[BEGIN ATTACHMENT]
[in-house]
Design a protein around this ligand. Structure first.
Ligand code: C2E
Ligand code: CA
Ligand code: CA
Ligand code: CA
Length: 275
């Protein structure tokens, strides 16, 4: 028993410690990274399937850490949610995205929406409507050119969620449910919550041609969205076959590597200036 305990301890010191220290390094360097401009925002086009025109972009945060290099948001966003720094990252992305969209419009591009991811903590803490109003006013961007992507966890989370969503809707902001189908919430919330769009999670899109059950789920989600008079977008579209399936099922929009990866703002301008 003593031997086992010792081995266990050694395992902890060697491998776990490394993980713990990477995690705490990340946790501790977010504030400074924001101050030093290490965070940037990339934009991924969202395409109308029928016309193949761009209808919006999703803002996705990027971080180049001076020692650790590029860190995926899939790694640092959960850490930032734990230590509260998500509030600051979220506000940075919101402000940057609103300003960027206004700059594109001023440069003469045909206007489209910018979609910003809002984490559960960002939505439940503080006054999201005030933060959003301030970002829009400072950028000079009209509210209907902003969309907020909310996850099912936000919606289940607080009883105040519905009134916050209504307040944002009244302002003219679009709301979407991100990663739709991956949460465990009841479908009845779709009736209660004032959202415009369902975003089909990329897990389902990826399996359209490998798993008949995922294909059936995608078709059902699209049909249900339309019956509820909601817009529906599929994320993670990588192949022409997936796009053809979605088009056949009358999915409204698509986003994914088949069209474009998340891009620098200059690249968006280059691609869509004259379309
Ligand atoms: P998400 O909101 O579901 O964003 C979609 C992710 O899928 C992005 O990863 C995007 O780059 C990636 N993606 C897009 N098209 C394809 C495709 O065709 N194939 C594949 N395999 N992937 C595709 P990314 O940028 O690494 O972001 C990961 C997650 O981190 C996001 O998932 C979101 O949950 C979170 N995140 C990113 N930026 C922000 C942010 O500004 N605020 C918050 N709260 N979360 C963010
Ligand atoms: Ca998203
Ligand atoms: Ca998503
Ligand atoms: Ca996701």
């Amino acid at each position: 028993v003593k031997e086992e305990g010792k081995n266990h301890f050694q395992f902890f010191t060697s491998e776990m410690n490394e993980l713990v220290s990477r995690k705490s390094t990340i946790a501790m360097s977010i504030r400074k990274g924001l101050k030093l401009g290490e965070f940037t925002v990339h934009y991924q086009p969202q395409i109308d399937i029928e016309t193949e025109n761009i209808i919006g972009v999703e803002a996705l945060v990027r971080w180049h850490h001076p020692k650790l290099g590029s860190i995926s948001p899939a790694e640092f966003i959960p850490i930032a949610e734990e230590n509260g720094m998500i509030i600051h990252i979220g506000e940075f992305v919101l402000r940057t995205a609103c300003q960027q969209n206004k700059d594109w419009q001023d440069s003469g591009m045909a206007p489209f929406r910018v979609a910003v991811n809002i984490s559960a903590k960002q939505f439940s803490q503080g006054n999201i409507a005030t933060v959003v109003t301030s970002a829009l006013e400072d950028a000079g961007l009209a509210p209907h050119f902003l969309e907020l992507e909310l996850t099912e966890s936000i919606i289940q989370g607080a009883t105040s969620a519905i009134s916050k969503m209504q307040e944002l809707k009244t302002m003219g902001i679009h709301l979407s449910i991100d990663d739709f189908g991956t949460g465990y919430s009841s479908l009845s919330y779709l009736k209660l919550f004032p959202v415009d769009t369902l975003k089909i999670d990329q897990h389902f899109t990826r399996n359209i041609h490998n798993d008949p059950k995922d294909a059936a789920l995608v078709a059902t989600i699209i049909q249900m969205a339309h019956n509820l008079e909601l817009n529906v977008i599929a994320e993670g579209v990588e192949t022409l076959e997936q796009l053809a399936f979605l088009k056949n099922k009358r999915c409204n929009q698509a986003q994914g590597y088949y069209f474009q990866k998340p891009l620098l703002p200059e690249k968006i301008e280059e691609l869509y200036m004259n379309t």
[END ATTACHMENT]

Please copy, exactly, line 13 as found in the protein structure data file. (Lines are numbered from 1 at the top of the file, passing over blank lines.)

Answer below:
């Amino acid at each position: 028993v003593k031997e086992e305990g010792k081995n266990h301890f050694q395992f902890f010191t060697s491998e776990m410690n490394e993980l713990v220290s990477r995690k705490s390094t990340i946790a501790m360097s977010i504030r400074k990274g924001l101050k030093l401009g290490e965070f940037t925002v990339h934009y991924q086009p969202q395409i109308d399937i029928e016309t193949e025109n761009i209808i919006g972009v999703e803002a996705l945060v990027r971080w180049h850490h001076p020692k650790l290099g590029s860190i995926s948001p899939a790694e640092f966003i959960p850490i930032a949610e734990e230590n509260g720094m998500i509030i600051h990252i979220g506000e940075f992305v919101l402000r940057t995205a609103c300003q960027q969209n206004k700059d594109w419009q001023d440069s003469g591009m045909a206007p489209f929406r910018v979609a910003v991811n809002i984490s559960a903590k960002q939505f439940s803490q503080g006054n999201i409507a005030t933060v959003v109003t301030s970002a829009l006013e400072d950028a000079g961007l009209a509210p209907h050119f902003l969309e907020l992507e909310l996850t099912e966890s936000i919606i289940q989370g607080a009883t105040s969620a519905i009134s916050k969503m209504q307040e944002l809707k009244t302002m003219g902001i679009h709301l979407s449910i991100d990663d739709f189908g991956t949460g465990y919430s009841s479908l009845s919330y779709l009736k209660l919550f004032p959202v415009d769009t369902l975003k089909i999670d990329q897990h389902f899109t990826r399996n359209i041609h490998n798993d008949p059950k995922d294909a059936a789920l995608v078709a059902t989600i699209i049909q249900m969205a339309h019956n509820l008079e909601l817009n529906v977008i599929a994320e993670g579209v990588e192949t022409l076959e997936q796009l053809a399936f979605l088009k056949n099922k009358r999915c409204n929009q698509a986003q994914g590597y088949y069209f474009q990866k998340p891009l620098l703002p200059e690249k968006i301008e280059e691609l869509y200036m004259n379309t």